Companies engaged in high volume contracting will likely encounter a contract portfolio review and/or audit at some point. This may be an internal process conducted to analyze the contract management system in place, or an external party may conduct the review to verify compliance. In many cases, both internal and external reviews may have to occur, perhaps on an annual basis or only one time every few years. Regardless of the type and scope of review that must take place, there are certain steps the contract management team can take to ensure that they are prepared for any such process. Here is a general checklist that may come in handy:

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How to Use Healthcare Contract Management for Compliance

For the past few years, the healthcare industry has dealt with growing state and federal regulations by increasing compliance budgets and staffing. And as demands accrue for greater accuracy, privacy, and patient data security healthcare organizations are carefully considering ways to improve compliance.

One area of ongoing concern for healthcare organizations is contract management. Contracts are required for many aspects of business, but a Journal of Contract Management report found that over 70 percent of companies can't find 10 percent or more of their signed contracts. This alarming statistic should give any management team pause, but the issue is particularly sensitive for the healthcare industry. Lost contracts can lead to serious breaches of privacy, duplications and administrative errors resulting in penalties for the organization.

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Why the Best Security Feature is Permissions Management

Data security is central to a company retaining its competitive edge, as well as the trust of its clients and vendors. There really aren’t any documents that are exempt from this either. These days, businesses desperate to outmaneuver competitors and savvy hackers looking to make a buck seem to figure out how to infiltrate and exploit, or even monetize, virtually any pilfered data. Obviously, the data contained within a company’s contracts are not an exception to this reality, and thus they must be safeguarded with the same vigor as any other sensitive document.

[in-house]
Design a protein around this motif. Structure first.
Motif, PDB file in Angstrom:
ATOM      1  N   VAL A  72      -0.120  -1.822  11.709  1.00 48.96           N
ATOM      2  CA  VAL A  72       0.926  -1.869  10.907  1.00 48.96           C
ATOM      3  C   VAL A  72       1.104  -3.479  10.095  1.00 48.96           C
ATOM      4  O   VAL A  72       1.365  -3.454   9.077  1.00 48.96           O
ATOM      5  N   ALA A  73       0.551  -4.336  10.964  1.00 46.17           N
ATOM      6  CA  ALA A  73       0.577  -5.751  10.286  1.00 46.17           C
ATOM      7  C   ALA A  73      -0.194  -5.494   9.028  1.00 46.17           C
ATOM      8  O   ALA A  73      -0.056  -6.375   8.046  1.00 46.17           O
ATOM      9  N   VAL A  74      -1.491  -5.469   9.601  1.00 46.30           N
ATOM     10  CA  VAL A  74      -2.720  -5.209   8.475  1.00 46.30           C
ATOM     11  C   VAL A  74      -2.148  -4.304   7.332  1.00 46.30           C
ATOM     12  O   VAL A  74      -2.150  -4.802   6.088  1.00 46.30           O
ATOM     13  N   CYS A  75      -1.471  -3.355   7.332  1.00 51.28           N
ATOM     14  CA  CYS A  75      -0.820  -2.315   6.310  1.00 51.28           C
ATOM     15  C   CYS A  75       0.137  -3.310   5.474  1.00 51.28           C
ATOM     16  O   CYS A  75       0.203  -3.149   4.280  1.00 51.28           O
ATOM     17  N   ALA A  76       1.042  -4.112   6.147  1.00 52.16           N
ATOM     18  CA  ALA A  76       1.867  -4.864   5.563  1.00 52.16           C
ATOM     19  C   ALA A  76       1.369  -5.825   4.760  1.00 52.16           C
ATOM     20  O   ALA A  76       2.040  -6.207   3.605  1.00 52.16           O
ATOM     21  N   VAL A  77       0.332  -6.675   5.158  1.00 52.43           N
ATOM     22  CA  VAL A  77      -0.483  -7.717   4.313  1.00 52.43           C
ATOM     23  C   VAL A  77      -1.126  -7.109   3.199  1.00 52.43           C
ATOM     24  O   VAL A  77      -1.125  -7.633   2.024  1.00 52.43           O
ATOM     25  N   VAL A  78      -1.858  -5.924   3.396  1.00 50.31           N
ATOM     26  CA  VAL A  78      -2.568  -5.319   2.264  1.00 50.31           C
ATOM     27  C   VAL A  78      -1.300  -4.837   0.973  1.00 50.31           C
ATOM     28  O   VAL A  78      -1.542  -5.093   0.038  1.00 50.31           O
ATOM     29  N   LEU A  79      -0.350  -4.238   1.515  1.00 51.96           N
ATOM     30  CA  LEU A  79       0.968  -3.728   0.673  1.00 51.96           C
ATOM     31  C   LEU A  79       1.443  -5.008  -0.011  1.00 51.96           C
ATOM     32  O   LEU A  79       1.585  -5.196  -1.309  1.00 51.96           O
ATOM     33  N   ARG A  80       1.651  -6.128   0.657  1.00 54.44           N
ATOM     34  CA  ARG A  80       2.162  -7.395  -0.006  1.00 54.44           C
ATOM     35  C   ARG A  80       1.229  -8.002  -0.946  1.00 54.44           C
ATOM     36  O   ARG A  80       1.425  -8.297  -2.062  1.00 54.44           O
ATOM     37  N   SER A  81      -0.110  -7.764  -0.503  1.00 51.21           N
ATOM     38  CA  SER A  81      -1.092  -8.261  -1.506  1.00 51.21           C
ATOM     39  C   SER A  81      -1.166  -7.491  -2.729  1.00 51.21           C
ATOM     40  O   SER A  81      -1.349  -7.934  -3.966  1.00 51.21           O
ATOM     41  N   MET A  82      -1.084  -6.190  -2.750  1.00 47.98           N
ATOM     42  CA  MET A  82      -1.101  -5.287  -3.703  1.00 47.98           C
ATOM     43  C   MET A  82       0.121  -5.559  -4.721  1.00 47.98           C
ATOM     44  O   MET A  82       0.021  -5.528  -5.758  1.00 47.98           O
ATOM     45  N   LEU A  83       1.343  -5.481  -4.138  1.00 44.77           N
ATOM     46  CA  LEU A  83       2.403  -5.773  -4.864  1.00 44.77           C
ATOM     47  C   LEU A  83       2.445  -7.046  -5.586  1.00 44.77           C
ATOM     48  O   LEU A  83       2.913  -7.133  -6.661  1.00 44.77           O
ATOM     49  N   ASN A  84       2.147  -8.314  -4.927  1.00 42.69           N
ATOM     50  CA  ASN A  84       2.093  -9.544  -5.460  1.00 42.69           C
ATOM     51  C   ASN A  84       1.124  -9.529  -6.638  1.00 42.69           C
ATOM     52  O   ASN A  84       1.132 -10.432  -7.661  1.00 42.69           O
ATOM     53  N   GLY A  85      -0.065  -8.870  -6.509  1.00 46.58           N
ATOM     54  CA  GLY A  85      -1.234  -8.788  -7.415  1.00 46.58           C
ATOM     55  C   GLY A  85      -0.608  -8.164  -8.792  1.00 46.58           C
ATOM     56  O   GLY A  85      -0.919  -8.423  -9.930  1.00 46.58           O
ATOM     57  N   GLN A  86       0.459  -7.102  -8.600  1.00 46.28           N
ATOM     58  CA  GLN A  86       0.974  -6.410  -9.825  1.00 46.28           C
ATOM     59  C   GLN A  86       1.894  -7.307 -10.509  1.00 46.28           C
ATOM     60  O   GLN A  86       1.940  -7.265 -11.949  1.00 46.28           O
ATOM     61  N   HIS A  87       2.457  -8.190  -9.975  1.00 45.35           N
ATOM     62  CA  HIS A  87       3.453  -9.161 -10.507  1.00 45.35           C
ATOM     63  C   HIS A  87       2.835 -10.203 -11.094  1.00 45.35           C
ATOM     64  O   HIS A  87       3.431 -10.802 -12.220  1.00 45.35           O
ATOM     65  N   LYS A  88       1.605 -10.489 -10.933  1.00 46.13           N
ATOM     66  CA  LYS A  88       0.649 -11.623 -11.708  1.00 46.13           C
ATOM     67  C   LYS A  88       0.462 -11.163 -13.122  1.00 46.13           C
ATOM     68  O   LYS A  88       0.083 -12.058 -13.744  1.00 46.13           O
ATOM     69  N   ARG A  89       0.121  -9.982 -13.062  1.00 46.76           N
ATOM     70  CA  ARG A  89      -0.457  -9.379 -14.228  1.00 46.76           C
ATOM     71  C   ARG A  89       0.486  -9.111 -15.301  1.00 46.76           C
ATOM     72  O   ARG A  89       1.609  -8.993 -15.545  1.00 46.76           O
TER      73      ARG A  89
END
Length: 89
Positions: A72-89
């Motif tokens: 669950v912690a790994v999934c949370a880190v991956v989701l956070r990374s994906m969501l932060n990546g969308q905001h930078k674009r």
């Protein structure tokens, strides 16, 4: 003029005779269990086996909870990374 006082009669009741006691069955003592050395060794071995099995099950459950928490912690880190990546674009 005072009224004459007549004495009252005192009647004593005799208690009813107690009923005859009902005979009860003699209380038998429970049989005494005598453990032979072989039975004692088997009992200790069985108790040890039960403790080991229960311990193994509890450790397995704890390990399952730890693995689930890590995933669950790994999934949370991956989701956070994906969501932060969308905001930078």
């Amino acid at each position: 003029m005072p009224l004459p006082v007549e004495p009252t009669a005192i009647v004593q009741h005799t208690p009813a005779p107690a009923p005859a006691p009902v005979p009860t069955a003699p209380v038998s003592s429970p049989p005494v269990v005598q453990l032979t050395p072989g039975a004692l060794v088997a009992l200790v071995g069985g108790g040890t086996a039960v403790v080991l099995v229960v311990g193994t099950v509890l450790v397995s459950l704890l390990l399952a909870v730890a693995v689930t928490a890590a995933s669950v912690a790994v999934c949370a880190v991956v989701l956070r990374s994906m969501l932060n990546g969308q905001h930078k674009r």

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5 Soft Skills for Contract Management Success

Successful management, both contract and otherwise, really boils down to cultivating solid working relationships. Obviously, the economics of a deal and the business operations of the parties involved are important facets of a smooth transaction. But, the knowledge and skills of the folks behind the scenes are equally important, if not more so. The team members’ soft skills are always relevant to how matters play out, especially when things go slightly awry, which is likely to happen in some form or fashion.

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The Trouble With Government contract Management Software

If you've ever worked in a position where it was your responsibility to manage and track government contracts, then you know all-too-well how much of a challenge this can be. This can turn into an especially frustrating organizational nightmare when you take into consideration the varied range of contracts that often need to be managed by local governments. Factor in the fact that legacy contract management systems are cumbersome and difficult, and it's no surprise that managing government contracts can be such a difficult task.